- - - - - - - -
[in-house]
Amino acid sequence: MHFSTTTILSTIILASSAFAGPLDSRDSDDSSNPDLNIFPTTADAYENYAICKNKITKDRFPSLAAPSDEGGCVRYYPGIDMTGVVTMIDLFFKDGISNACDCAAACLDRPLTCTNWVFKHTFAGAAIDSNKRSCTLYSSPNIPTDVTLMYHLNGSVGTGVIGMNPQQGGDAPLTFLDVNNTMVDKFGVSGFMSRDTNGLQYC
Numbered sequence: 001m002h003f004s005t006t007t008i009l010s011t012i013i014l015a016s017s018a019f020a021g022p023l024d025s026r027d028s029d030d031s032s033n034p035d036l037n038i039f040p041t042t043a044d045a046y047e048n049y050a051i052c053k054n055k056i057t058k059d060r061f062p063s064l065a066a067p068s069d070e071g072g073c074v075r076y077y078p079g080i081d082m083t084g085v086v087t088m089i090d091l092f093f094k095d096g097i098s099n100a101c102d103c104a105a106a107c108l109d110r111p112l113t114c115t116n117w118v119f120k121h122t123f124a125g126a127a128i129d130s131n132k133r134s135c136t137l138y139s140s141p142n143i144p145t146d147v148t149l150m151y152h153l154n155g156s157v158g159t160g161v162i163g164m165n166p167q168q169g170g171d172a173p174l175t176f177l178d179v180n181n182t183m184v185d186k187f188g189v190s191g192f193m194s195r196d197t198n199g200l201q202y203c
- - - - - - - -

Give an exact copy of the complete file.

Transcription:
[in-house]
Amino acid sequence: MHFSTTTILSTIILASSAFAGPLDSRDSDDSSNPDLNIFPTTADAYENYAICKNKITKDRFPSLAAPSDEGGCVRYYPGIDMTGVVTMIDLFFKDGISNACDCAAACLDRPLTCTNWVFKHTFAGAAIDSNKRSCTLYSSPNIPTDVTLMYHLNGSVGTGVIGMNPQQGGDAPLTFLDVNNTMVDKFGVSGFMSRDTNGLQYC
Numbered sequence: 001m002h003f004s005t006t007t008i009l010s011t012i013i014l015a016s017s018a019f020a021g022p023l024d025s026r027d028s029d030d031s032s033n034p035d036l037n038i039f040p041t042t043a044d045a046y047e048n049y050a051i052c053k054n055k056i057t058k059d060r061f062p063s064l065a066a067p068s069d070e071g072g073c074v075r076y077y078p079g080i081d082m083t084g085v086v087t088m089i090d091l092f093f094k095d096g097i098s099n100a101c102d103c104a105a106a107c108l109d110r111p112l113t114c115t116n117w118v119f120k121h122t123f124a125g126a127a128i129d130s131n132k133r134s135c136t137l138y139s140s141p142n143i144p145t146d147v148t149l150m151y152h153l154n155g156s157v158g159t160g161v162i163g164m165n166p167q168q169g170g171d172a173p174l175t176f177l178d179v180n181n182t183m184v185d186k187f188g189v190s191g192f193m194s195r196d197t198n199g200l201q202y203c